It seems that science cannot go a fortnight without releasing yet another contradictory study about whether skipping breakfast is good for you or not.
It might seem that forgoing breakfast could be a way to lose weight — less calories, right? Yet for years, we’ve been told by dieticians, nutritionists, and pretty much every Dr. Oz-type under the sun that skipping our first meal upon waking will lead to weight gain, because you’ll overeat later in the day.
Eat a healthy breakfast! The mantra has been pounded into us.
Now, a story in Salon questions the legitimacy of the breakfast lobby, suggesting that perhaps it’s no better than an old wives tale.
Reporter Ari Levaux points to a study published January 2011 in Nutrition Journal which found that people eat the same size meals (and the same amount of calories) later in the day, regardless of whether they’ve had breakfast. This certainly challenges the ethos that skipping breakfast leads to binging later.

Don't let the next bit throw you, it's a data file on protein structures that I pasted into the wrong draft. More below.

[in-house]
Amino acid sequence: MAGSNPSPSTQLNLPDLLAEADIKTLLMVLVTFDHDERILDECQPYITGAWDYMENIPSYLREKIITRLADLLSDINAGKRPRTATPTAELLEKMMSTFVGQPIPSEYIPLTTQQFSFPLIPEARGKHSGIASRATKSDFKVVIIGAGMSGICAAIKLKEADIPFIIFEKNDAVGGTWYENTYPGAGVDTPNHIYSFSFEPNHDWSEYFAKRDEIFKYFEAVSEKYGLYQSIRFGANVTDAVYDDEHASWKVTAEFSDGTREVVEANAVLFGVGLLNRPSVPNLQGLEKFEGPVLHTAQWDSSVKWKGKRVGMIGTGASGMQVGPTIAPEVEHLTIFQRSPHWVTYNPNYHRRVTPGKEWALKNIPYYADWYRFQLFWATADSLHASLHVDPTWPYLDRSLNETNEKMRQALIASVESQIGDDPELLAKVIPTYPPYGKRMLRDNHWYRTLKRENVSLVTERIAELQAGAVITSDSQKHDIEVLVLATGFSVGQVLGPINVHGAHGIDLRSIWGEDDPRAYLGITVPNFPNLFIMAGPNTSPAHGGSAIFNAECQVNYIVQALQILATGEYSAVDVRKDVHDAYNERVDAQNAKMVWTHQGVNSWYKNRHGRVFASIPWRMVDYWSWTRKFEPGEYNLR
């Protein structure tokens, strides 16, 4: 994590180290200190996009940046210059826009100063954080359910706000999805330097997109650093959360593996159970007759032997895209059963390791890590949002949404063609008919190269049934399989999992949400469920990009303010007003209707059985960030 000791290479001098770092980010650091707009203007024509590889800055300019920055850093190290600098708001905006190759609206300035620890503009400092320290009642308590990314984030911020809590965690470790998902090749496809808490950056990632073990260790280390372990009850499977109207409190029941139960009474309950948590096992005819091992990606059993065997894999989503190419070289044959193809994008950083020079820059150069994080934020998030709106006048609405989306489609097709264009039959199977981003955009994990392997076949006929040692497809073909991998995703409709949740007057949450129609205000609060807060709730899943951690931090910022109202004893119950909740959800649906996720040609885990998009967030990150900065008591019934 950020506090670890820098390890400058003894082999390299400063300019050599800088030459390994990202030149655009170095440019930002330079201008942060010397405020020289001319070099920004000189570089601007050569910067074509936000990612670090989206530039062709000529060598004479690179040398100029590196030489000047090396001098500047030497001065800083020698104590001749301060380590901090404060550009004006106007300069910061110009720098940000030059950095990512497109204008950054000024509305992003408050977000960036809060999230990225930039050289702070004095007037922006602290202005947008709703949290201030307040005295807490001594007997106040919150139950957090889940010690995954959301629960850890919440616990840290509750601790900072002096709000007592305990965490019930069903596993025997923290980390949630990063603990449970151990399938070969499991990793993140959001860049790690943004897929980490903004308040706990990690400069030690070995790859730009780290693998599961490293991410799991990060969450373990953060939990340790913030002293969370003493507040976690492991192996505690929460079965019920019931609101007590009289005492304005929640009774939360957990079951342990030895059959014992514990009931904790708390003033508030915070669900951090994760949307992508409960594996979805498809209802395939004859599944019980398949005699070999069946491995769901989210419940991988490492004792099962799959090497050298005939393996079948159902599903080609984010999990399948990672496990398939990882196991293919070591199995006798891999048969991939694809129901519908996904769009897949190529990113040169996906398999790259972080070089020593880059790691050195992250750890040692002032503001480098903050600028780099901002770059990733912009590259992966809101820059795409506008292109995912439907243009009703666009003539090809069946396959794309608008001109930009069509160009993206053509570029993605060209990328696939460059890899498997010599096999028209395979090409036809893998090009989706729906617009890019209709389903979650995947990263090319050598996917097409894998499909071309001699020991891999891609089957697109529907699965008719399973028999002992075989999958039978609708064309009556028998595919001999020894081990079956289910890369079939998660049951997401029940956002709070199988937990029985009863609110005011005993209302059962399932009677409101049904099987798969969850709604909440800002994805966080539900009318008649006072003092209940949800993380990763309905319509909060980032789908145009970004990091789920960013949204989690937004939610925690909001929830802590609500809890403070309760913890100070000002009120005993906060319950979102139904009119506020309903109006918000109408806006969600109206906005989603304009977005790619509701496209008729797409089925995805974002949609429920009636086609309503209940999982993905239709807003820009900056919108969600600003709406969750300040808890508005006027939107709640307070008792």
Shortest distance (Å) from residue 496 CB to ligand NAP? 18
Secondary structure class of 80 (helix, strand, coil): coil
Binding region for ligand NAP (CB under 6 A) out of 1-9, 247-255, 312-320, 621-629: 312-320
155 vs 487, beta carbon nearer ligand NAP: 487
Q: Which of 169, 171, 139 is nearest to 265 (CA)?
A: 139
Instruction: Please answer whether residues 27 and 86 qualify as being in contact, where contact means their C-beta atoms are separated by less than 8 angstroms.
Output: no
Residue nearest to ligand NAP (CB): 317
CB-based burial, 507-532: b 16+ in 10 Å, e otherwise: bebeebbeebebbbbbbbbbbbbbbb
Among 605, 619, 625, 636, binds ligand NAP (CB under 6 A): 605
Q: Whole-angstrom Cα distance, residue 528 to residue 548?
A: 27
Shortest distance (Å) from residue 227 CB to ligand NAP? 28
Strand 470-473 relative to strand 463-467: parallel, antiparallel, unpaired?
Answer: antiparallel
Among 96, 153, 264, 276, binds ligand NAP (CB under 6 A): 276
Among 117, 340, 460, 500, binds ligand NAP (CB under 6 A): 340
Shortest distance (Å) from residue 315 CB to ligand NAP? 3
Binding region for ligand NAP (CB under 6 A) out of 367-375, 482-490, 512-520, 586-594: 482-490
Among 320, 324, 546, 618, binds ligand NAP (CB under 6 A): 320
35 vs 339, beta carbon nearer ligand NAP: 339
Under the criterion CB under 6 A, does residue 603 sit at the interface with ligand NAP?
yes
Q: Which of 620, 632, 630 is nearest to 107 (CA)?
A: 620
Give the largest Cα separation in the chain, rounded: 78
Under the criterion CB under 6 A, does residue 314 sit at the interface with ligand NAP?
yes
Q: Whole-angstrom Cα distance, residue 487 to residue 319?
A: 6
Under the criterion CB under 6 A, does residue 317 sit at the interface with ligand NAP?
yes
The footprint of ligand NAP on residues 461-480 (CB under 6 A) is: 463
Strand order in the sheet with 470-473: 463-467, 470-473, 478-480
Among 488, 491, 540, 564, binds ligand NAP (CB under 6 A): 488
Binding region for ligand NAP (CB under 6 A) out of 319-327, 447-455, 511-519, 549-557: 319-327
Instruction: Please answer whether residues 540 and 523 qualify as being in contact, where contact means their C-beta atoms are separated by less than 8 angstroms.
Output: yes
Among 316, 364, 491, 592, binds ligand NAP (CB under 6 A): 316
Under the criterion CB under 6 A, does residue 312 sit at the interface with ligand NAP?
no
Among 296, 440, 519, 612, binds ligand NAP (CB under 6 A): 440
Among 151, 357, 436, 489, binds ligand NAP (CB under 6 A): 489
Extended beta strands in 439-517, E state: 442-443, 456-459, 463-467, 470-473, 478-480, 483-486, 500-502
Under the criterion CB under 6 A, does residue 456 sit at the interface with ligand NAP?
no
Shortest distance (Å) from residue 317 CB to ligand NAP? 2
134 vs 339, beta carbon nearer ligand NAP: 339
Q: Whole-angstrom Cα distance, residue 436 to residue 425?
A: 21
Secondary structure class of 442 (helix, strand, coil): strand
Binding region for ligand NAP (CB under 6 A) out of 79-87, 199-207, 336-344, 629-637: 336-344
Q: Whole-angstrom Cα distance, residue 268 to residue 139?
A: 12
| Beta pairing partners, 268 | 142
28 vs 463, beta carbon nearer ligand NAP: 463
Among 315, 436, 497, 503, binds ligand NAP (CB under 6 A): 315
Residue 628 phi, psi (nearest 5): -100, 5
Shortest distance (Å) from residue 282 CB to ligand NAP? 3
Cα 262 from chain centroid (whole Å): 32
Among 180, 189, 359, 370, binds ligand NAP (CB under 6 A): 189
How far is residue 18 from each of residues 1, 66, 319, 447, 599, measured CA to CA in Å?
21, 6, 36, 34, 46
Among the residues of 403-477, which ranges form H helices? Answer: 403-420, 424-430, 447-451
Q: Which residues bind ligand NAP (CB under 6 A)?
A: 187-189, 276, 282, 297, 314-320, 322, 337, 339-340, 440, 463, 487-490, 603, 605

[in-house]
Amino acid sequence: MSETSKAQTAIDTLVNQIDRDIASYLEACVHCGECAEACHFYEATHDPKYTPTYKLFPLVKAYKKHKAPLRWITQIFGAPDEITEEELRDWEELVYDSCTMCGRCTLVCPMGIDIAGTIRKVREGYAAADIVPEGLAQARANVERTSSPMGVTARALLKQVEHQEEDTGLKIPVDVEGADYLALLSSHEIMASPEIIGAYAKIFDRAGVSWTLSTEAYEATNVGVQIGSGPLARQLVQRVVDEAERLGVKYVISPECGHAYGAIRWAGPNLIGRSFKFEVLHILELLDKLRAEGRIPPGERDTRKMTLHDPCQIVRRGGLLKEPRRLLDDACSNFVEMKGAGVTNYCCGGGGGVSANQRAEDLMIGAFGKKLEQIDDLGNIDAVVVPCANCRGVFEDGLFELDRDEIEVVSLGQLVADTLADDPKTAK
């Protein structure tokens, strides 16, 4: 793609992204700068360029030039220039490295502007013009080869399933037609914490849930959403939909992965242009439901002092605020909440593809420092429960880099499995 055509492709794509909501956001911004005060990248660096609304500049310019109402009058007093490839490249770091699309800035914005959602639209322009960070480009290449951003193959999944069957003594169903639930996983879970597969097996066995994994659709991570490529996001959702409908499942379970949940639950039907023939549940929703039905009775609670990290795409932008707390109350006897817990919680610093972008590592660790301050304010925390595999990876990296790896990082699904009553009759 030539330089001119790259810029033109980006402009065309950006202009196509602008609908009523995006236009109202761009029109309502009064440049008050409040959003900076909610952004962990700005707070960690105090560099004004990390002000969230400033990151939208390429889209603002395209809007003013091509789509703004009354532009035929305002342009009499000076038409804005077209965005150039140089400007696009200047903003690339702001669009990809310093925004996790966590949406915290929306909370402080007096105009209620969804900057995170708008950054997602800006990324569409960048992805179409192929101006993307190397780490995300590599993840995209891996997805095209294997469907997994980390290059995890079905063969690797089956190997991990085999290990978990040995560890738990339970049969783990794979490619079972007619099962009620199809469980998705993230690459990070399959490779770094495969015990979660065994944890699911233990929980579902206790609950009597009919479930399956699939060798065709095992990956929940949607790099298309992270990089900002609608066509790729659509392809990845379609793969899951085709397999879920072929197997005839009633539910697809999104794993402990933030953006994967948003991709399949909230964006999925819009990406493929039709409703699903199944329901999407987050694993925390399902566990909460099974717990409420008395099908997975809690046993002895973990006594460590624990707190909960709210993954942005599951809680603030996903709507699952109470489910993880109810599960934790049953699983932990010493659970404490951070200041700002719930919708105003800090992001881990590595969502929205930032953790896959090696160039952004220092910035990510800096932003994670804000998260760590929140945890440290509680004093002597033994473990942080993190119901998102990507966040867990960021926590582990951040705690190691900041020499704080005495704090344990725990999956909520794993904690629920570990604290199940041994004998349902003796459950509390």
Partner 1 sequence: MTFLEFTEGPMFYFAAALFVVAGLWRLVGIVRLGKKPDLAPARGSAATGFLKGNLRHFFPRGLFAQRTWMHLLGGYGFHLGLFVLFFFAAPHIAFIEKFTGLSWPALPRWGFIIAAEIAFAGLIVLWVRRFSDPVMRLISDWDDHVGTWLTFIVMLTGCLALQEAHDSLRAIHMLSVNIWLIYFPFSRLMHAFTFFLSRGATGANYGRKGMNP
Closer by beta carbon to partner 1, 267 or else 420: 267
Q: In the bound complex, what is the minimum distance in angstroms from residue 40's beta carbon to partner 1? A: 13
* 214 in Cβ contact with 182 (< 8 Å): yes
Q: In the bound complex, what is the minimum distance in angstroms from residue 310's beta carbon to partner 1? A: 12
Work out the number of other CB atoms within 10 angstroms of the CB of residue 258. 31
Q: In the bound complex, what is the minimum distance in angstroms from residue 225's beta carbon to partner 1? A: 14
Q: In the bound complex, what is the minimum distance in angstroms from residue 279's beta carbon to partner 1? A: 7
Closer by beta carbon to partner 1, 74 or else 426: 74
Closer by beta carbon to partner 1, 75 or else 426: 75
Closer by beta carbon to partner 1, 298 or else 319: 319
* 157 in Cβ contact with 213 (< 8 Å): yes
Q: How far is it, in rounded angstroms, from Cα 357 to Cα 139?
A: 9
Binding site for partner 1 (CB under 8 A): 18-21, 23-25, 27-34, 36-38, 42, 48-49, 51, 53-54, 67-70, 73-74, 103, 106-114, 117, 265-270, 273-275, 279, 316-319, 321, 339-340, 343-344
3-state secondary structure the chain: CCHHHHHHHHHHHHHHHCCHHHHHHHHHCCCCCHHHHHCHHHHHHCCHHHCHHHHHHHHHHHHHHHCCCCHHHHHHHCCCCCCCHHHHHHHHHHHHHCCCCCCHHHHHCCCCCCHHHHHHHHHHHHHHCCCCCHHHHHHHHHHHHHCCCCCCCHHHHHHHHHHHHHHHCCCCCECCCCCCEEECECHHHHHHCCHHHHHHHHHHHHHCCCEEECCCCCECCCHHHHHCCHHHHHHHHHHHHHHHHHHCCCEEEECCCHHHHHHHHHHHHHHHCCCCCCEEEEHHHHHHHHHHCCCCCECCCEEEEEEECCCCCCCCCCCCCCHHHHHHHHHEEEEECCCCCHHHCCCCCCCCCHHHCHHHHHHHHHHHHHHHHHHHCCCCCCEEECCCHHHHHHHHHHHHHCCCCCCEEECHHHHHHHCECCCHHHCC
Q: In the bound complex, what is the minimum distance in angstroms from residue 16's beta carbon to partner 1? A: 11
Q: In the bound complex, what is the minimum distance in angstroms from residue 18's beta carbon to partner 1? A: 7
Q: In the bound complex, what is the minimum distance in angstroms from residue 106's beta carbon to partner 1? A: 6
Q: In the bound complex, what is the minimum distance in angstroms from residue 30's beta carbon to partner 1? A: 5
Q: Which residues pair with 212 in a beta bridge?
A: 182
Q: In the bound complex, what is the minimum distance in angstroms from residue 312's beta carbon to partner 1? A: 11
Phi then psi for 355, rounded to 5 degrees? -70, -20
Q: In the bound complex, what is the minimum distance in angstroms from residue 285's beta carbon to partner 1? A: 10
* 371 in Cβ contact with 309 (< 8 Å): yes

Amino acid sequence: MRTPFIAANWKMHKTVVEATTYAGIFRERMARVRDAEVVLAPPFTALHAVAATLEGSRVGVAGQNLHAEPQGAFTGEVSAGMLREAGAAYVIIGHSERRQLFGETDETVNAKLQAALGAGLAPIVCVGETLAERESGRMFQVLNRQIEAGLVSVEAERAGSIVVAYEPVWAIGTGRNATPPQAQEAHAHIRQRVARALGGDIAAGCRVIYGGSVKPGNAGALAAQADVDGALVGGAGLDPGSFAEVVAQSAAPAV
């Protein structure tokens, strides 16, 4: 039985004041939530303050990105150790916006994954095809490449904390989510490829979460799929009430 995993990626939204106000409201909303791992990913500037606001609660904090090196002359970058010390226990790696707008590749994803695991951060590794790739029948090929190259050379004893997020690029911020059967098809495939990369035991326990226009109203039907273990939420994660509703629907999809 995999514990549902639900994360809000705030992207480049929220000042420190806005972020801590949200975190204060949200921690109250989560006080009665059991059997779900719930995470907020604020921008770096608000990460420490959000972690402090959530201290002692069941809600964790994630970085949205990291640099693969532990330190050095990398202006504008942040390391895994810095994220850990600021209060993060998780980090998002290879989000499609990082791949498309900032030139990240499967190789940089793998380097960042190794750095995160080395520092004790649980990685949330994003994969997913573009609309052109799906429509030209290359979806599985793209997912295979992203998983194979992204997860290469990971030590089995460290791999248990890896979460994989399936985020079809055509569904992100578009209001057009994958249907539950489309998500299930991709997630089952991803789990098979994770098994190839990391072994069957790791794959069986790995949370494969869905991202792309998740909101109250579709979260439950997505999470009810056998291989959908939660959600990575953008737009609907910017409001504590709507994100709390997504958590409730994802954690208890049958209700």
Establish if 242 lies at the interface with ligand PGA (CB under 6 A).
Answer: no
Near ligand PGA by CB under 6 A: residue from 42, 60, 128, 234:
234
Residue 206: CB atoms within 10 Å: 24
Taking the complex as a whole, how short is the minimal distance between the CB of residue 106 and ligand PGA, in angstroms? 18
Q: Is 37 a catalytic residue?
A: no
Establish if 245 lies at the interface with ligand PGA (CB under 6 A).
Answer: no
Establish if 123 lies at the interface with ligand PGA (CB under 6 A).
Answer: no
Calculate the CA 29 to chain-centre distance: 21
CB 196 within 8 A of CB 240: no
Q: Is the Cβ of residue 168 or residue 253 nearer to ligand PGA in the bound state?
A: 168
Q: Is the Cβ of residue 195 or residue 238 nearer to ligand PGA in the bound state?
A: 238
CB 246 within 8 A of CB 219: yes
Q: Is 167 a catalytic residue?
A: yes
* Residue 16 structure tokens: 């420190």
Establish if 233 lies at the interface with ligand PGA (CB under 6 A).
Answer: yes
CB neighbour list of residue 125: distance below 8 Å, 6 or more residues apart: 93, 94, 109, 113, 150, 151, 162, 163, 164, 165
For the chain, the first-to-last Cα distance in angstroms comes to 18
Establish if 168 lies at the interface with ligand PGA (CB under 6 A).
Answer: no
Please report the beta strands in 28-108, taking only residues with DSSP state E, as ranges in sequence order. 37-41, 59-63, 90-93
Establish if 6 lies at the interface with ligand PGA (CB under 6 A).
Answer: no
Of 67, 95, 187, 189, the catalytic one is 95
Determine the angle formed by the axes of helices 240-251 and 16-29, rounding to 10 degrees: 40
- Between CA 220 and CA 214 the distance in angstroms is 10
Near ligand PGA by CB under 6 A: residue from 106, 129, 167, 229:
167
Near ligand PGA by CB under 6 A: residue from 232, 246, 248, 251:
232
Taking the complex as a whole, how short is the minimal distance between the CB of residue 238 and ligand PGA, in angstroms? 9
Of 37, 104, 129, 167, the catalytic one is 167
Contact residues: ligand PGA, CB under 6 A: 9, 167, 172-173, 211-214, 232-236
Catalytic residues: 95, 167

Levaux also cites a study recently published in the Journal of Obesity — though incorrectly.
Levaux reports that the study found that subjects who ate their first meal before 3 p.m. ate fewer total calories than those who ate their first meal after 3 p.m. In fact, the study looked at whether people ate their main meal of the day before or after 3 p.m., not their first meal of the day. So really, that study has nothing to do with breakfast.
These are interesting studies, but provide no definitive answers and do little more than add to the debate. For every one of the studies Levaux cites, another can easily be found that cites pretty much the opposite.
That being said, with this much controversy swirling around the health impacts of the first meal of the day, Levaux does provide one piece of sage wisdom that could be worth taking: “I’m not eating until I’m hungry.”
Watch the CBC video below about how eating breakfast impacts kids academic performance.